Each year, more and more Western wrestling fans have been attending New Japan Pro Wrestling’s Wrestle Kingdom at the Tokyo Dome. But in the shadow of the Dome sits an unsuspecting building, where those who have gone to the fifth floor have seen some of the best pro wrestling matches in history: Korakuen Hall.

Korakuen Hall before the matches …

Similar to WrestleMania weekend, where promotions from around the world converge to run shows, Japanese wrestling promotions run shows at Korakuen Hall during the first week of the new year. Some of these lesser known shows delivered high quality wrestling that produced candidates for match of the year.

NJPW frequently runs Korakuen Hall, which is the favorite venue for Juice Robinson to wrestle in Japan. “That place is a little hotbox. It only fits about 1,700, 1,800, which is a lot of people actually, but it’s in a very intimate setting and there’s not a bad seat in the house,” said Robinson in November 2018 during a Ring of Honor Global Wars event in Toronto.

There aren’t any luxury suites in Korakuen Hall, which opened in 1962. As a fan in Korakuen Hall, the seating is very tight with very small chairs that I couldn’t fit into properly with my knees in people’s backs. When a fan in the middle of a row wanted to exit, a few rows of people had to pick up their chairs to let the person out since there was no room to exit. For popular shows they open up the standing room balcony, where fans will literally be shoulder to shoulder with the people next to them.

Even with the cramped seating and standing, the sight lines are great. Unlike North American areas that are built for hockey and basketball that can have poor sight lines, Korakuen Hall was built for the boxing events at the 1964 Olympics so the sight lines are great from anywhere.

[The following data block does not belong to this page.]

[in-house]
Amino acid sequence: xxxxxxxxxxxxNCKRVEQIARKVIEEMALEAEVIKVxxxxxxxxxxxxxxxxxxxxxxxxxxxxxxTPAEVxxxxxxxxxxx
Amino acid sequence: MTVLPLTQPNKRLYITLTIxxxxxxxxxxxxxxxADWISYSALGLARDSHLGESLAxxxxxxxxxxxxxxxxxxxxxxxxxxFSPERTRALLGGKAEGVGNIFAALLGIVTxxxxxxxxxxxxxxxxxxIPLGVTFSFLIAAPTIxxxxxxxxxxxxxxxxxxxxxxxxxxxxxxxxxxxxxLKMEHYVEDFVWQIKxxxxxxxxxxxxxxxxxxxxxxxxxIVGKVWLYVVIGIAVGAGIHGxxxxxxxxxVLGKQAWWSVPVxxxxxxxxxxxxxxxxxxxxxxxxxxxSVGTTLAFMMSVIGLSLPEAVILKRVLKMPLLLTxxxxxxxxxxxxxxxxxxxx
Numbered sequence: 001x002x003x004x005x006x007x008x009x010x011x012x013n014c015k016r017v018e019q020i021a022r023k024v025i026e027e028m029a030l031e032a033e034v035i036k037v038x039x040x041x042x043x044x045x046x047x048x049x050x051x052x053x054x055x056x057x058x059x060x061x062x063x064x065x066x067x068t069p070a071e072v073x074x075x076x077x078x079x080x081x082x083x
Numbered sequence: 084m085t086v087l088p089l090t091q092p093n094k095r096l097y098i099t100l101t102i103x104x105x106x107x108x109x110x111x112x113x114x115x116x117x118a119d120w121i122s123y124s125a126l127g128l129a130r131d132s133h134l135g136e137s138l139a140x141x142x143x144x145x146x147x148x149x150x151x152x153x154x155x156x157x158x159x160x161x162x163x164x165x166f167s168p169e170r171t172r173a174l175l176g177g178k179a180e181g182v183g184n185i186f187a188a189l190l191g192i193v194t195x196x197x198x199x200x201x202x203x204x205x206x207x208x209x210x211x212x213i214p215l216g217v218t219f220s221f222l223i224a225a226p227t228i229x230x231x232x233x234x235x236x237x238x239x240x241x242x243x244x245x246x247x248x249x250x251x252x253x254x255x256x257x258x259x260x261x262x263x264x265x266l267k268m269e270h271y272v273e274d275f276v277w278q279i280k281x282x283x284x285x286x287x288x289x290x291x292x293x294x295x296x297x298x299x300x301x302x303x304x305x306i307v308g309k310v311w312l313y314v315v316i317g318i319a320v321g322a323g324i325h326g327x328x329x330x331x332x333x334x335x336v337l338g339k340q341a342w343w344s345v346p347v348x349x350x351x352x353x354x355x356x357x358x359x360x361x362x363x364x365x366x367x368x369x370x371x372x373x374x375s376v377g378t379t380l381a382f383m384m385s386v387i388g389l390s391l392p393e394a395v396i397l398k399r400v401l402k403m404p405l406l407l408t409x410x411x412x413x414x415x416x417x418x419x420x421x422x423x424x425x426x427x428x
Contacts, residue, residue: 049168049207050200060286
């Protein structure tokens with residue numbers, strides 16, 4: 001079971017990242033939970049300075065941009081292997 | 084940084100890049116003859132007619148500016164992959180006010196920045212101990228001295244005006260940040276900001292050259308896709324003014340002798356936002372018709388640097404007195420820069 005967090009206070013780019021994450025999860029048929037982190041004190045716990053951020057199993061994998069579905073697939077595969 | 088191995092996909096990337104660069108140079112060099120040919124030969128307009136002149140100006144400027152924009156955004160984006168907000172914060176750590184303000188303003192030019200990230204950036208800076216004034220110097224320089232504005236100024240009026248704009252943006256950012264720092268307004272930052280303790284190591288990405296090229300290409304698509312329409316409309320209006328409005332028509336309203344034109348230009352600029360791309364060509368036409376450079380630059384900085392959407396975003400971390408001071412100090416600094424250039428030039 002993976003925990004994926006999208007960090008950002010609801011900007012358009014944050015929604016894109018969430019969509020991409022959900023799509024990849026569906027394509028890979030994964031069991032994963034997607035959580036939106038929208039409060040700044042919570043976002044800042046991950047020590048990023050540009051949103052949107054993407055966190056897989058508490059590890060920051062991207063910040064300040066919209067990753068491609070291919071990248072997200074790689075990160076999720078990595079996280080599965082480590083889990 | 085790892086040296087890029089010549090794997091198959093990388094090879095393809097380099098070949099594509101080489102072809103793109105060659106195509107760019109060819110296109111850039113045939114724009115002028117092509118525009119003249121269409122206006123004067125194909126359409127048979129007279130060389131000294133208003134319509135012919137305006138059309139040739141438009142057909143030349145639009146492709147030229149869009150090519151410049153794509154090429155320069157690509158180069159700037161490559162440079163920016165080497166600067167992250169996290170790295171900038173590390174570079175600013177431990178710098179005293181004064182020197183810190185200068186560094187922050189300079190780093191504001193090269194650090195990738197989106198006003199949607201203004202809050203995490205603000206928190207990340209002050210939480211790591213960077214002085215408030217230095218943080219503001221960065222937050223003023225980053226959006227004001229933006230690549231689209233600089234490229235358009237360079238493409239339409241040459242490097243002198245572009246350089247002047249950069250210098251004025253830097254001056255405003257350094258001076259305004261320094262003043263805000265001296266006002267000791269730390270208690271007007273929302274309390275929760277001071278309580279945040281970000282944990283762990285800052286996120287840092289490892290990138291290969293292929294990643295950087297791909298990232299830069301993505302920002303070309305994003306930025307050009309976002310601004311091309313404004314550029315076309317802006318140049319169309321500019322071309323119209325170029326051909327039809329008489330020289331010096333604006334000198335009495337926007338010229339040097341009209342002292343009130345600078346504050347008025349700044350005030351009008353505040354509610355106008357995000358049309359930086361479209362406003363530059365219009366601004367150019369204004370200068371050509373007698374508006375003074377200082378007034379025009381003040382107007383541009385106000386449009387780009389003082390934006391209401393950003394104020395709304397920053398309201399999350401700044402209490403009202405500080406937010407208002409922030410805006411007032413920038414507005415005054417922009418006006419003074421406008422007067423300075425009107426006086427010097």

From NJPW’s early days in the 1970s, it ran regular shows at Korakuen Hall. Currently, when NJPW releases tickets to a show at Korakuen Hall, it quickly sells out. Since it sells out so fast, the majority of people in attendance are very big fans.

“It gets real hot in there, and I’m not talking temperature, I mean energy. It’s fun. And the people that go to the Korakuen shows are totally, always, 100 per cent up to speed with all the storylines; they’ve got their finger on the pulse,” said Robinson.

Christopher Daniels was of the same mind in a 2006 interview at Marvel.com, calling Korakuen Hall “the big hardcore wrestling fan place to go in Japan.”

In an August 2009 interview, Nick Jackson of the Young Bucks described debuting at Korakuen Hall to Ring Psych: “Being in the ring with the hot lights on you, watching streamers getting tossed from the crowd and looking out at the Dragon Gate banners from the inside of the ring and a memory I’ll never forget. ‘We made it from our backyard to Japan. Who would have thunk?’ I thought to myself while out there.”

And it’s not just the men, of course. In a 2011 interview with The Dirty Dirty Sheets, Serena Deeb talked about facing Kana — now WWE superstar Asuka — in the hallowed venue. “Korakuen Hall was a dream come true and pure honor,” said Deeb. “There are certain places, because of their history, that just have a special feel (e.g. Madison Square Garden), and Korakuen Hall most definitely ranks in that category. I had a special feeling that entire day.”

… and during the matches. Photos by Don Davies

Robinson has a special connection to Korakuen Hall since the fans appreciated his work there. “When I first got there, the first place that I kind of got over was Korakuen. Then other people see that you get over in Korakuen, the other fans, and then they watch the TV, and then they get to know you on the TV — but it all starts in Korakuen,” said Robinson.

Korakuen Hall is the favorite venue of KUSHIDA for a different reason “Lemon sours is very strong in Korakuen Hall, very famous drink,” said KUSHIDA. However, Sanada thinks that the lemon sours are “too strong.”

— with files from Greg Oliver